Behavior, and all its components, is an integral part of education for students with autism and other disabilities. Many of our students have behaviors that, though may serve a short-term need, are self-defeating and problematic for them. A tool that is employed throughout Wildwood School is Applied Behavioral Analysis.

     Applied behavior analysis requires a precise study of students’ actions  and developing a detailed understanding of what they like and dislike.

     “We all find different things rewarding or reinforcing. The key is to use what a student finds reinforcing in the most effective way possible. It isn’t always as simple as it appears,” Alex Keefer says. Alex is on the behavior team at Wildwood School.

     “Reinforcement is most effective when it is immediate and based on what the individual wants and likes,” Keefer says. “To say, for instance, ‘If you do A, B and C you can have computer time at noon.’ is really inefficient because it isn’t immediate and it isn’t specific to the individual.”

     For some individuals an immediate snack that they like, praise, or even a short walk can be an effective reinforcer if it is paired with the desired behavior. When giving a tangible reinforcer isn’t practical, a secondary reinforcer that leads to a primary reinforcer can be effective.

     Keefer explains: “We sometimes use a system of tokens when an individual exhibits a desired behavior. When those tokens add up, they can be traded in for something they find really rewarding whether that be an experience or something they want like a treat.

     The token is a secondary reinforcer and the treat is the primary reinforcer.”

     It is important to understand that we all do things all the time because of the reinforcers we get. We go to work for a paycheck, we watch TV to distract us or we take a warm bath for relaxation.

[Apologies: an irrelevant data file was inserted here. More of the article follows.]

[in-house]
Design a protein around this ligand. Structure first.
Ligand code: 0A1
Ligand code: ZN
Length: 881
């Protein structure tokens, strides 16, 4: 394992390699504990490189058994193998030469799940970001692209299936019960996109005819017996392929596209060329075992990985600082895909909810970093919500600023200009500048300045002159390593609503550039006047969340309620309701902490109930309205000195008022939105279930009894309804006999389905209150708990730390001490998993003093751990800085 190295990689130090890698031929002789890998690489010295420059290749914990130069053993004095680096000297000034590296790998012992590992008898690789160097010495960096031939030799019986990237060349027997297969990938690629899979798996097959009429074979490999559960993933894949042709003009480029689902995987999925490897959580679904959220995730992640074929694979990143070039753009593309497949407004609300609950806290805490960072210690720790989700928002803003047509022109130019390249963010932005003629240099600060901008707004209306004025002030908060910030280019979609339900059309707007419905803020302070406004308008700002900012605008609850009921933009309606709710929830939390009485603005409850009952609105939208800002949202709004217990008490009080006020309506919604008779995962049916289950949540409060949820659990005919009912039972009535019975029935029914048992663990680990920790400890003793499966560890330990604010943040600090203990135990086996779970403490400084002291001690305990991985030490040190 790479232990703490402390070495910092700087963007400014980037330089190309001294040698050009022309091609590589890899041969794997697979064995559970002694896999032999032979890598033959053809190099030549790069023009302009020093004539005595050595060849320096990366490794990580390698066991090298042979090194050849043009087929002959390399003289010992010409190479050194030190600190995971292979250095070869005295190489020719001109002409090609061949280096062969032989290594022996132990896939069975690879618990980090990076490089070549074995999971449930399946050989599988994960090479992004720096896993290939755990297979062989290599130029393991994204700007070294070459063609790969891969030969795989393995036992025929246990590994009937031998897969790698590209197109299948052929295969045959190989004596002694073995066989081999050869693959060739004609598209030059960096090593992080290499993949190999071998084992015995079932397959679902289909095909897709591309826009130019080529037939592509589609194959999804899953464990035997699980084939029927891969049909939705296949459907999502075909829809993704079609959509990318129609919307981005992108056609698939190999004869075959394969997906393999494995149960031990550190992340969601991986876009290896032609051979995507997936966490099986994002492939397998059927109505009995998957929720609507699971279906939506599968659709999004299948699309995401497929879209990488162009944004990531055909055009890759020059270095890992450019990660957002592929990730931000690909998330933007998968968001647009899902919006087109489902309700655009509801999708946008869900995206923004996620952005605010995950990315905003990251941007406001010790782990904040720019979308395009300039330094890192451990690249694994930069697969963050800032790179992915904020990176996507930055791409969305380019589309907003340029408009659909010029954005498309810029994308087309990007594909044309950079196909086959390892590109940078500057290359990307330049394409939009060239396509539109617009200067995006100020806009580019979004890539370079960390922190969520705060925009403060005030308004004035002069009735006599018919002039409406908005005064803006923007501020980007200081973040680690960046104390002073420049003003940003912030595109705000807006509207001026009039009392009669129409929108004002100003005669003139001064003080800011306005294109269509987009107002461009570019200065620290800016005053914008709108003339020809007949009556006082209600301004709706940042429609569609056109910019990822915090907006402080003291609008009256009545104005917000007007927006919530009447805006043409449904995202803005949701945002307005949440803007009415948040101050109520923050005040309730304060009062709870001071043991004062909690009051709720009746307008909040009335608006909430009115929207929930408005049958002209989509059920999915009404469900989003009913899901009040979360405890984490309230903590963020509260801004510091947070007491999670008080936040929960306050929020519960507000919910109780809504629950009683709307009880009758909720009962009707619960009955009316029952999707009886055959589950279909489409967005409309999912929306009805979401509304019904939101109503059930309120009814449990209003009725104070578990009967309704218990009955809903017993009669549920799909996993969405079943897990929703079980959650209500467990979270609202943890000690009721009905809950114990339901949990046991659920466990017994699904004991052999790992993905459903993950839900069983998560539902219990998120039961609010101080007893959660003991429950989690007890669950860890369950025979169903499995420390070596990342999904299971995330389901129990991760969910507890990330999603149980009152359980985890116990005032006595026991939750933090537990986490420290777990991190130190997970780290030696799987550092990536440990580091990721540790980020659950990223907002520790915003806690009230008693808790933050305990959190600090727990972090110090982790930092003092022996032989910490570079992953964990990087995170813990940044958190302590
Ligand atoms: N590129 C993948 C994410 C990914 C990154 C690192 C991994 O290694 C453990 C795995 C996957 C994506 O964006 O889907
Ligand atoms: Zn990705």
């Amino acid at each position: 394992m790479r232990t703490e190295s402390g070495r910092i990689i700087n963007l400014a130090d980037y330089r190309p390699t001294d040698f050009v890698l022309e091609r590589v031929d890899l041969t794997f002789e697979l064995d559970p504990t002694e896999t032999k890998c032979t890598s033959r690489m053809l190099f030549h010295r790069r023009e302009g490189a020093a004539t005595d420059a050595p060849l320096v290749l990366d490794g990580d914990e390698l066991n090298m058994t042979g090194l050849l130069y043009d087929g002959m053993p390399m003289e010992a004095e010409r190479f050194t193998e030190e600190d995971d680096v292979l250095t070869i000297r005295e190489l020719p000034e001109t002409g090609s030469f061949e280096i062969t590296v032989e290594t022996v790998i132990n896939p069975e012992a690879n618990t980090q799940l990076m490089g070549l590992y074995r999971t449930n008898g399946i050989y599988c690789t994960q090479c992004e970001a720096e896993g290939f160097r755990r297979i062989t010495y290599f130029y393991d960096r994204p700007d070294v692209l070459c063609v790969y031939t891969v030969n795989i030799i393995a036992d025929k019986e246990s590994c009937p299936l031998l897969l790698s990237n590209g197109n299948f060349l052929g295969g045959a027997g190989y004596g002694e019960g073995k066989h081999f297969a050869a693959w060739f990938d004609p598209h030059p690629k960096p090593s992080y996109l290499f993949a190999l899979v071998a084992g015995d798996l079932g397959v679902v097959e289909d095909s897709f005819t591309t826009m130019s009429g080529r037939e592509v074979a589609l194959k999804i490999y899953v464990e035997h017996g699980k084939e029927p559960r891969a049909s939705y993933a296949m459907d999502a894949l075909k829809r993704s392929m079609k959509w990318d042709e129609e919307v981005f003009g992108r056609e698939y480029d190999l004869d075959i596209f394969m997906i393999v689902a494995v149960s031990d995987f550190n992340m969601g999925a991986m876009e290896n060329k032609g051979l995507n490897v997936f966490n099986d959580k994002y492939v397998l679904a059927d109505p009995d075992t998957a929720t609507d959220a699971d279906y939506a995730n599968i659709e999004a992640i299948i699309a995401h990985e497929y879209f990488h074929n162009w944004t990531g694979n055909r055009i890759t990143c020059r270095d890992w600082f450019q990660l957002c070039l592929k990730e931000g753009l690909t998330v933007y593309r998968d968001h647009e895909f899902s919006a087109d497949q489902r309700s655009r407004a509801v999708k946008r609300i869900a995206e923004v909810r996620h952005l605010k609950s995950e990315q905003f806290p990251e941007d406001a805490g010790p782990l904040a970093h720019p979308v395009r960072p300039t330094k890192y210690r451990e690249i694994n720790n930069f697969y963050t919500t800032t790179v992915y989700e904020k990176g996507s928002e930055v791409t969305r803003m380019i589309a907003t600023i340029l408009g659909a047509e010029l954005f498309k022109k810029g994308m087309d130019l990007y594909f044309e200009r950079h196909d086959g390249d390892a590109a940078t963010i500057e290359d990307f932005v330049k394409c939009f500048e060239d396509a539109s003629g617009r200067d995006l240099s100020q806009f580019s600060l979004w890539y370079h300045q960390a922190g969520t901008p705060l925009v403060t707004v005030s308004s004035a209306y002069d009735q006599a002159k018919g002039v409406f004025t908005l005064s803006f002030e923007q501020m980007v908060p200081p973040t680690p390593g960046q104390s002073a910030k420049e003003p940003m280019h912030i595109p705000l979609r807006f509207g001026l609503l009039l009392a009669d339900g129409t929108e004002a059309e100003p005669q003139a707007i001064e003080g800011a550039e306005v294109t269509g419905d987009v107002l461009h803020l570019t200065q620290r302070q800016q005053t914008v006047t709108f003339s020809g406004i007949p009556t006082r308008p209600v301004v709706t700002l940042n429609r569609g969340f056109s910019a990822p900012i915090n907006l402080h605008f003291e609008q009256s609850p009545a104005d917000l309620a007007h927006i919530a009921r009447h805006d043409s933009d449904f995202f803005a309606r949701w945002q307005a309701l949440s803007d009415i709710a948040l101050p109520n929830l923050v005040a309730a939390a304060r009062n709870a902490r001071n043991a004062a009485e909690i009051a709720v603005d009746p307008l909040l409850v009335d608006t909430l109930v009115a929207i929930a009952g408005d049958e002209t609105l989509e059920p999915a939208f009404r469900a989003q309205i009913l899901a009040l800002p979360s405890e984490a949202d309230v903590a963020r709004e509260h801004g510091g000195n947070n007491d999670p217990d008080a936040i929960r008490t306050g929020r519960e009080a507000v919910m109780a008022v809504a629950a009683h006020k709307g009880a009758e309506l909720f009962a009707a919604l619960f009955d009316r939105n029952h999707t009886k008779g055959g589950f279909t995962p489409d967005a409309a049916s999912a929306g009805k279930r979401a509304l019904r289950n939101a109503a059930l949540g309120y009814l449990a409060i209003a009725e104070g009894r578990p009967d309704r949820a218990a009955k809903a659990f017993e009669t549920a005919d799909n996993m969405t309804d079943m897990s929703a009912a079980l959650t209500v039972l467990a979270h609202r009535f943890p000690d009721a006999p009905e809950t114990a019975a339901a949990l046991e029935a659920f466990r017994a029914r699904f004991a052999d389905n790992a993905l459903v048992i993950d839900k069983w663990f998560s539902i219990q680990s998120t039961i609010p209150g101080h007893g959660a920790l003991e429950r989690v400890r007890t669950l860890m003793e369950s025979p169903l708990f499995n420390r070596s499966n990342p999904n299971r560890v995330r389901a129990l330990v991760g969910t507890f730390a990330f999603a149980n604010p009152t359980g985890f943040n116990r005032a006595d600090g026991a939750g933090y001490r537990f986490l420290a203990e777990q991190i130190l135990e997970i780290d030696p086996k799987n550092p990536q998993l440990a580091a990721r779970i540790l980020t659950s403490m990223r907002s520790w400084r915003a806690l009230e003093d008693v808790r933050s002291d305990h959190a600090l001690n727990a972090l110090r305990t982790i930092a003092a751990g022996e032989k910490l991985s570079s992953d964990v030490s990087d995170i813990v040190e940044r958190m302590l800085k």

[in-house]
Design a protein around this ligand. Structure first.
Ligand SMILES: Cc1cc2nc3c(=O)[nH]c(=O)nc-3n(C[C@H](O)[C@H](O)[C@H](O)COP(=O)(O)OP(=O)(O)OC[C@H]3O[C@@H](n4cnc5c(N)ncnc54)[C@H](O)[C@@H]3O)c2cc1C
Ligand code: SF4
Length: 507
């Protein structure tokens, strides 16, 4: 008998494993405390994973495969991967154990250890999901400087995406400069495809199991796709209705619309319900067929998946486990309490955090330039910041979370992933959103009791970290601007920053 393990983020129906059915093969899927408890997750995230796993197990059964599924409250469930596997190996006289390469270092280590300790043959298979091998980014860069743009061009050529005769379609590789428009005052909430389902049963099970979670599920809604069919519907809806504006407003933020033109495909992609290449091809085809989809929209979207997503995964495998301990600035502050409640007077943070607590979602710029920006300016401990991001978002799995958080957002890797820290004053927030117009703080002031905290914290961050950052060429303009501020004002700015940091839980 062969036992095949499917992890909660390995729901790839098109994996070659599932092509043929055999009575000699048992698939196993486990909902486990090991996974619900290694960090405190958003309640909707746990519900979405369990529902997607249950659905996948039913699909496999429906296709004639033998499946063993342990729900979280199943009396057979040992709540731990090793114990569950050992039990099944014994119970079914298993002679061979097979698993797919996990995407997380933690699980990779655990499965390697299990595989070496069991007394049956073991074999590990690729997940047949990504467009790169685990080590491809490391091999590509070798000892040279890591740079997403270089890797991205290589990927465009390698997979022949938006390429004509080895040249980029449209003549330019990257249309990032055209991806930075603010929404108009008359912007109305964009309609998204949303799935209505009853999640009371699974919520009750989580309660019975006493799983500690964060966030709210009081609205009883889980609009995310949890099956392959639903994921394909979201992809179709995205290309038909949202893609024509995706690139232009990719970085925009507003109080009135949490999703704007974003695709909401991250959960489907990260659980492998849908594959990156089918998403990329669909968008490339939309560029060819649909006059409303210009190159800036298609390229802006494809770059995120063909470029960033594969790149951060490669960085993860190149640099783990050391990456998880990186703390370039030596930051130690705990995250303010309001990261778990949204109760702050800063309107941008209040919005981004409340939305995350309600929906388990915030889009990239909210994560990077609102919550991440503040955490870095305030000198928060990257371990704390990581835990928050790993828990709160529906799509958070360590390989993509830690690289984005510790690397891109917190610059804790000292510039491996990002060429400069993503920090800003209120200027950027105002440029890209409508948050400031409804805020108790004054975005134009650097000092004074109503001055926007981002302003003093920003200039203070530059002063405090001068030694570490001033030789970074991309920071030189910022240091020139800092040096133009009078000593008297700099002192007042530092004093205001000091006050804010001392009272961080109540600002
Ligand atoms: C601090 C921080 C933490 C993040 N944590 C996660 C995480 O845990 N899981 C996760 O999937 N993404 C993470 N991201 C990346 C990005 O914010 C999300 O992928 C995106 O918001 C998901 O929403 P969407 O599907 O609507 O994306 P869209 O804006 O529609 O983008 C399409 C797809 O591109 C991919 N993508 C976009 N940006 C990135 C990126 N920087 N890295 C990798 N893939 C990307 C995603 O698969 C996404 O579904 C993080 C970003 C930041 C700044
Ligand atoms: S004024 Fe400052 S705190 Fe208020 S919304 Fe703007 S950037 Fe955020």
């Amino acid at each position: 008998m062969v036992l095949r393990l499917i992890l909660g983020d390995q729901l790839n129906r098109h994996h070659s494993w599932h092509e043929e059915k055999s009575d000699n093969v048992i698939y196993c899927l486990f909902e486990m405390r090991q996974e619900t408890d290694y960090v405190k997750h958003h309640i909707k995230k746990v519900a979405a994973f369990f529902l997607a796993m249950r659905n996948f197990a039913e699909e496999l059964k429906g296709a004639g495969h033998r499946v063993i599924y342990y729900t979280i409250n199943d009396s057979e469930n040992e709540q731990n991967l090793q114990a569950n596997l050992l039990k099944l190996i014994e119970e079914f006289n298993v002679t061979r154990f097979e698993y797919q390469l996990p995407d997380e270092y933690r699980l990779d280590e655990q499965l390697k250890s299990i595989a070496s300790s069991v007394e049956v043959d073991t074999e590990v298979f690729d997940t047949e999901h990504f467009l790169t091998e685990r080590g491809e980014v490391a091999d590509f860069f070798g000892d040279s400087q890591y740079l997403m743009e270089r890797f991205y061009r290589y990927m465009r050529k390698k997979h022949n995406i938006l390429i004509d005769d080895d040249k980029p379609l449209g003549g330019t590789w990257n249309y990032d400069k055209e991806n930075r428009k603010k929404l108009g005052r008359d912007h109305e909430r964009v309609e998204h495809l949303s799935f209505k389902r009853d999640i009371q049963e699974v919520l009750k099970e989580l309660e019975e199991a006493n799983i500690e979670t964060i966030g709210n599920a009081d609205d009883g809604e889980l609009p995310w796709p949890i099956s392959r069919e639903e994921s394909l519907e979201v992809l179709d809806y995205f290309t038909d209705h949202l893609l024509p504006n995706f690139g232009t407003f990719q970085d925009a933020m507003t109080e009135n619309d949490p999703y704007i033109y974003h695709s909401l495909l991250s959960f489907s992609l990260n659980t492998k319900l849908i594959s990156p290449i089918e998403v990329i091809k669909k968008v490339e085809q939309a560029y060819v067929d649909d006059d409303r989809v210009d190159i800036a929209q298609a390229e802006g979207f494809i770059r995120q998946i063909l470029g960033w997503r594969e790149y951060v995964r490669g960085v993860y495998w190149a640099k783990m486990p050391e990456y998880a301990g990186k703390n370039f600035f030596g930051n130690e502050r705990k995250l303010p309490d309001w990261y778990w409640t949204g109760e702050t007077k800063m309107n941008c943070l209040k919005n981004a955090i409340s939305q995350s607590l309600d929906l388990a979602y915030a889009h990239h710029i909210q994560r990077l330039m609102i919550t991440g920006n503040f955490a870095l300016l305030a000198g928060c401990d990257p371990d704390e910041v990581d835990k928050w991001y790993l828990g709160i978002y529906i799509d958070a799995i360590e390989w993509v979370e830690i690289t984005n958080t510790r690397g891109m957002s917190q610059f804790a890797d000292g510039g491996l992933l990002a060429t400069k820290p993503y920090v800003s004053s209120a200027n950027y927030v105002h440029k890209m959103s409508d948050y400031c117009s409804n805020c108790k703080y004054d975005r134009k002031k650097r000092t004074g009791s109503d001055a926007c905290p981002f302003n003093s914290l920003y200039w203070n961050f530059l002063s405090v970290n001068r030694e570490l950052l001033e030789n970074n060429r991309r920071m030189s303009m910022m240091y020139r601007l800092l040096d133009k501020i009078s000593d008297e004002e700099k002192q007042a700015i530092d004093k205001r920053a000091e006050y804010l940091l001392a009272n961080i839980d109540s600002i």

How can we explain behaviors that are upsetting to witness or that are even hurtful. It may not be as complicated as it first seems.

     “Take for instance, when someone bangs their head. We find it very difficult to understand and it is obviously very disturbing to watch,” Keefer says. “But if we break it down it makes more sense. Someone may have a head ache and the pressure and stimulation may initially cause some relief. The stimulation may be relieving boredom or it may illicit the reaction from others that the individual is looking for, be that attention, comforting or nurturing.”

     Analyzing the behavior can help us understand what the motivation for upsetting behavior is and then alternative, more functional behavior can be substituted. It takes careful observation and communication with people, especially when their verbal skills are limited, to find out what is going on and why a person is choosing the behaviors they do.

     “The key is finding what need they are trying to satisfy and then give them other choices that work better,” Keefer says. “It takes time to figure it for some people.”

     In the past, behavior modification was inappropriately used with people with disabilities. Physical punishment or the withholding of basic human needs were employed to change behavior. These actions put behavior modification techniques in a dim light.

     “We use only positive behavior modification. That means rewarding desired behavior that the student wants to increase,” Alex Keefer says. “Unfortunately, because of an ugly past behavior modification sometimes gets a bad reputation. When positive interventions are the focus,  we can move forward to a brighter chapter of behavior analysis “

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